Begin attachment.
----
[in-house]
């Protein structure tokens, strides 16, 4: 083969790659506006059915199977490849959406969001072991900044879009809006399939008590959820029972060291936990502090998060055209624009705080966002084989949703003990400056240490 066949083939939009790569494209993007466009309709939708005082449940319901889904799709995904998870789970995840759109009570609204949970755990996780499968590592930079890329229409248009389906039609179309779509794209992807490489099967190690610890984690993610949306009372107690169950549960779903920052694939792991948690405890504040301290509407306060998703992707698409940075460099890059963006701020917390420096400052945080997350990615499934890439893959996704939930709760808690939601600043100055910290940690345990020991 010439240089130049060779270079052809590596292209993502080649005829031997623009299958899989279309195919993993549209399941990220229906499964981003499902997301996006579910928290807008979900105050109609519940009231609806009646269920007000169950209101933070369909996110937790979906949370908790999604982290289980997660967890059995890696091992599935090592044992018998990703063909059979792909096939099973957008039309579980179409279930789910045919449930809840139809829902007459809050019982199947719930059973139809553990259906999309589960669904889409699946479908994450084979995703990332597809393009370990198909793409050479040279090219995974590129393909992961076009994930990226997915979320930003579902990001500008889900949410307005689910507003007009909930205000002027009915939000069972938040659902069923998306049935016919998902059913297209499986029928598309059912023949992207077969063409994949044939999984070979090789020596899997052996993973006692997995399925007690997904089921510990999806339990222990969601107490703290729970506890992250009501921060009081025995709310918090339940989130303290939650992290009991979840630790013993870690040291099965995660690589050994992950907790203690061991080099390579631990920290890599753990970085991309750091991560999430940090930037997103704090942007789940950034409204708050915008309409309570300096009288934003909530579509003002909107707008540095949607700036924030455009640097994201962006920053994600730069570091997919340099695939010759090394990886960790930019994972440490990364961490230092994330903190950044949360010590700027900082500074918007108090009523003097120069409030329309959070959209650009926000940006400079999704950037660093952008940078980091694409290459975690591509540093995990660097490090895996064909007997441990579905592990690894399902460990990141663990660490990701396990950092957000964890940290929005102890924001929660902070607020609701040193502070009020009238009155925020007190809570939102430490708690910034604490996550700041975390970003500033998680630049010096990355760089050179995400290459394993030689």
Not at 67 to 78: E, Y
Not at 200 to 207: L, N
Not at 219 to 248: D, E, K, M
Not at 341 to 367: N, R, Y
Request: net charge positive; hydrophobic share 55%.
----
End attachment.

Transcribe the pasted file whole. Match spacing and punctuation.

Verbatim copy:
[in-house]
């Protein structure tokens, strides 16, 4: 083969790659506006059915199977490849959406969001072991900044879009809006399939008590959820029972060291936990502090998060055209624009705080966002084989949703003990400056240490 066949083939939009790569494209993007466009309709939708005082449940319901889904799709995904998870789970995840759109009570609204949970755990996780499968590592930079890329229409248009389906039609179309779509794209992807490489099967190690610890984690993610949306009372107690169950549960779903920052694939792991948690405890504040301290509407306060998703992707698409940075460099890059963006701020917390420096400052945080997350990615499934890439893959996704939930709760808690939601600043100055910290940690345990020991 010439240089130049060779270079052809590596292209993502080649005829031997623009299958899989279309195919993993549209399941990220229906499964981003499902997301996006579910928290807008979900105050109609519940009231609806009646269920007000169950209101933070369909996110937790979906949370908790999604982290289980997660967890059995890696091992599935090592044992018998990703063909059979792909096939099973957008039309579980179409279930789910045919449930809840139809829902007459809050019982199947719930059973139809553990259906999309589960669904889409699946479908994450084979995703990332597809393009370990198909793409050479040279090219995974590129393909992961076009994930990226997915979320930003579902990001500008889900949410307005689910507003007009909930205000002027009915939000069972938040659902069923998306049935016919998902059913297209499986029928598309059912023949992207077969063409994949044939999984070979090789020596899997052996993973006692997995399925007690997904089921510990999806339990222990969601107490703290729970506890992250009501921060009081025995709310918090339940989130303290939650992290009991979840630790013993870690040291099965995660690589050994992950907790203690061991080099390579631990920290890599753990970085991309750091991560999430940090930037997103704090942007789940950034409204708050915008309409309570300096009288934003909530579509003002909107707008540095949607700036924030455009640097994201962006920053994600730069570091997919340099695939010759090394990886960790930019994972440490990364961490230092994330903190950044949360010590700027900082500074918007108090009523003097120069409030329309959070959209650009926000940006400079999704950037660093952008940078980091694409290459975690591509540093995990660097490090895996064909007997441990579905592990690894399902460990990141663990660490990701396990950092957000964890940290929005102890924001929660902070607020609701040193502070009020009238009155925020007190809570939102430490708690910034604490996550700041975390970003500033998680630049010096990355760089050179995400290459394993030689």
Not at 67 to 78: E, Y
Not at 200 to 207: L, N
Not at 219 to 248: D, E, K, M
Not at 341 to 367: N, R, Y
Request: net charge positive; hydrophobic share 55%.